3s: The Suns We’re Seeking or My Brother and Me

ONE.

I recall the time I was helping my mother outside, there was a hose in hand, probably watering azaleas. Talking about nothing in particular. Probably trying to pry the past out of her. My parents never reveal a thing. You must have had to have been there to know something about them. So I ask my mom about the baby she had before my brother. She tells me he died at birth. Well really before birth. It was a still birth and she carried him to term, named him after my father and buried him. I gulp. She’s opening up, I think to myself. So I say to her I say it’d be nice to have an older brother, a brother older than my other brother, to keep him in line. And she smirks. Laughing subtly she says to me you probably wouldn’t be here if he was. I may have intended to say oh I could…you could have had three (like everybody else raising “middle” children). And she said no I’m pretty sure we agreed to have two. That agreement being between she and my father, not the rest of us or the Universe.

So I wasn’t meant to be. Or rather I obviously was meant to be…but unwanted? No. Yes. I get it. I was probably a teenager. I don’t have a timeline of personal moments with accurate ages because they’d prefer it if we didn’t have to talk about it. I assumed that people who don’t talk about things might also omit the deep seeded feelings they have about those very things. Save me sorrow and give me the idea that I wasn’t just left overs. I wasn’t the baby born girl, damn! a girl is such trouble and well, maybe. A girl. Or trouble. Maybe.

TWO.

We are Black. We are black. We are mixed. No denying this. One Drop Rule despite mom. No matter. That’s how the world sees you and treats you. They’ll be afraid of what you look like. He was afraid of what I’d look like. He was afraid of what I looked like. He was afraid.

Being this nice genetic split in two. Down the middle of mom and dad, we sat being told who we favored. We favored both of them in equal and odd measure. I sound like my mother and walk like my father. My brother stands like my mom and explains things slowly like my father. We all have pregnant pauses. Way past the due date.

Maybe due to the lack of direct discussions in race and ethnicity or the passing and colorism or outright internalized racism, we, my brother and me, created obnoxiously diverse groups of intersectional friends. Out of many came two. Each of us had two best friends growing up. Why? So ridiculous. Why not one, for either of us. Just a different combination. But no. We each had two friends we were closest with throughout elementary and high school. And we each sat in the middle.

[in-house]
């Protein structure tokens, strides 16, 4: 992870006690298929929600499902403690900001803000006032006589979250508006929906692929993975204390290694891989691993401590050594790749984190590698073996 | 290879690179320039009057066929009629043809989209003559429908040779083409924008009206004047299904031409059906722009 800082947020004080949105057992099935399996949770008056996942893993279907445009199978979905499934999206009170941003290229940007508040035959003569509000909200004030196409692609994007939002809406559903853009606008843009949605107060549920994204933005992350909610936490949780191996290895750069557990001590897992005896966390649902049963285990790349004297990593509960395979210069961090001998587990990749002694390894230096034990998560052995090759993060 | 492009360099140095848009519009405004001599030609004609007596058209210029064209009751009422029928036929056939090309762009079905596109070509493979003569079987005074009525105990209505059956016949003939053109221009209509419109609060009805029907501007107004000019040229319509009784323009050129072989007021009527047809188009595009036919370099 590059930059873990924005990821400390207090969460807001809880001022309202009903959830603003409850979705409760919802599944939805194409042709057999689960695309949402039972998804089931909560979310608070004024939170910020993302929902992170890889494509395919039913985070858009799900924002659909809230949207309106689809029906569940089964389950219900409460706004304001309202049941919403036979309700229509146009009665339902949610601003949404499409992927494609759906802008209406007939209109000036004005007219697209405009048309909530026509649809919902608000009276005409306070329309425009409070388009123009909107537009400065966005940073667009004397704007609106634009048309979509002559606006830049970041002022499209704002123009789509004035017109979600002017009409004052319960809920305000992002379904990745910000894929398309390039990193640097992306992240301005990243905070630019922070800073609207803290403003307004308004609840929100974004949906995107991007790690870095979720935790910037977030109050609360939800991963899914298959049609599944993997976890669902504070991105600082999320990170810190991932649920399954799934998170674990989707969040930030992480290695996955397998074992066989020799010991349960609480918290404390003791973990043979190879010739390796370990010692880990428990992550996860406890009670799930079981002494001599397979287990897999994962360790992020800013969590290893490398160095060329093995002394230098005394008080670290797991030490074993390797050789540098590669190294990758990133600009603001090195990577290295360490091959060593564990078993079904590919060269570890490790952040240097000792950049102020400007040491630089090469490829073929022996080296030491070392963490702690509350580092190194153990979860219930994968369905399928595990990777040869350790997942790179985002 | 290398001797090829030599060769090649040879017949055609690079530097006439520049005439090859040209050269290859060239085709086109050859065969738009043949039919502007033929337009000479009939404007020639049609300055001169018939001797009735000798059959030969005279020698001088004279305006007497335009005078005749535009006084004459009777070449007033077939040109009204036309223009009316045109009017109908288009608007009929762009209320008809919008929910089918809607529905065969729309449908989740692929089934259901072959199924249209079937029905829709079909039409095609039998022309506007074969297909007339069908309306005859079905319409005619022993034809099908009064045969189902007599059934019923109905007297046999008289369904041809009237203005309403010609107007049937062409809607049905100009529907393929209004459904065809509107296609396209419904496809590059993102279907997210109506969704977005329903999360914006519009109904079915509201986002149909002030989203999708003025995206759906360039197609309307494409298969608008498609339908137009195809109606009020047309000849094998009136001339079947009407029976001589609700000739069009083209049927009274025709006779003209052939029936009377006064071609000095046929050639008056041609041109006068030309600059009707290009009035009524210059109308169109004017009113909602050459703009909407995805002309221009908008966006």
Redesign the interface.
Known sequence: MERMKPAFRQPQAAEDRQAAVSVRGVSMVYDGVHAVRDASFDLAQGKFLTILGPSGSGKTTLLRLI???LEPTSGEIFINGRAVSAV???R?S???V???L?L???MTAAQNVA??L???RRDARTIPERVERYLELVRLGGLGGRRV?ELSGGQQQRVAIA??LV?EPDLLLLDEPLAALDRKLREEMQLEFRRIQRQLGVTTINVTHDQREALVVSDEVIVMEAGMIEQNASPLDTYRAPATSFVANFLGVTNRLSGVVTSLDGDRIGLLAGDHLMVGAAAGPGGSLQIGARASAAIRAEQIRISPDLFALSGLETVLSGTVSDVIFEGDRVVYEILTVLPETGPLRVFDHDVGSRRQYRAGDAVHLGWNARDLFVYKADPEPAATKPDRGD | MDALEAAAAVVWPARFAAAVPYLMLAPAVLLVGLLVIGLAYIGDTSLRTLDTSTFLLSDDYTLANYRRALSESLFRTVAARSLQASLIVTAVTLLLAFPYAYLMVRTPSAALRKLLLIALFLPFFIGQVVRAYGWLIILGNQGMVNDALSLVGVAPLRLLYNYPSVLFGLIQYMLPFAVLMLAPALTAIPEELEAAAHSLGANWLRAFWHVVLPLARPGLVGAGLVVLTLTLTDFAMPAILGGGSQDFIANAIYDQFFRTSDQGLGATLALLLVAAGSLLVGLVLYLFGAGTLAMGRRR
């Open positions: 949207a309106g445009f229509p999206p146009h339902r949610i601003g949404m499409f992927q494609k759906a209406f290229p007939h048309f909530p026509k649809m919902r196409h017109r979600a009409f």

Were we creating a sense of balance? Were we off-kilter? Was this the beginning of us not having an”other half”? Were we in thirds this whole time and didn’t know?

We’ve since shed these friends and friendship triads. And we are no closer to one another. As if a middle piece is missing. We can see each other across the divide. We wave. We say hi. Then goodbye.

THREE.

I have about one decent week out of each month. One week when I might feel a sense of normalcy. Three other weeks full of physical, emotional, and spiritual upheaval all contained in a five foot body. And the truth shoots out of my eyes. My brain can’t hide the roller coaster ride colliding with self control and logic. People see anger. My eyes blur. Who is in front of me if not myself? If you are my soul can’t you see this fight is for you, absolutely. It is not you I need to fight with, but the amassing of space and time between our memories.

I have about three days in me before I lose my shit. Three hours to decompress from a day that hit like a ton of bricks. Three more hours I could possibly work. Or wake up at the witching hour to see how much I hurt.

I have three names. The government makes me use two. I go by one. And that one name is the wind wrought branch on a tree with limbs that reach up more than they reach out. It is always the sun they’re seeking.

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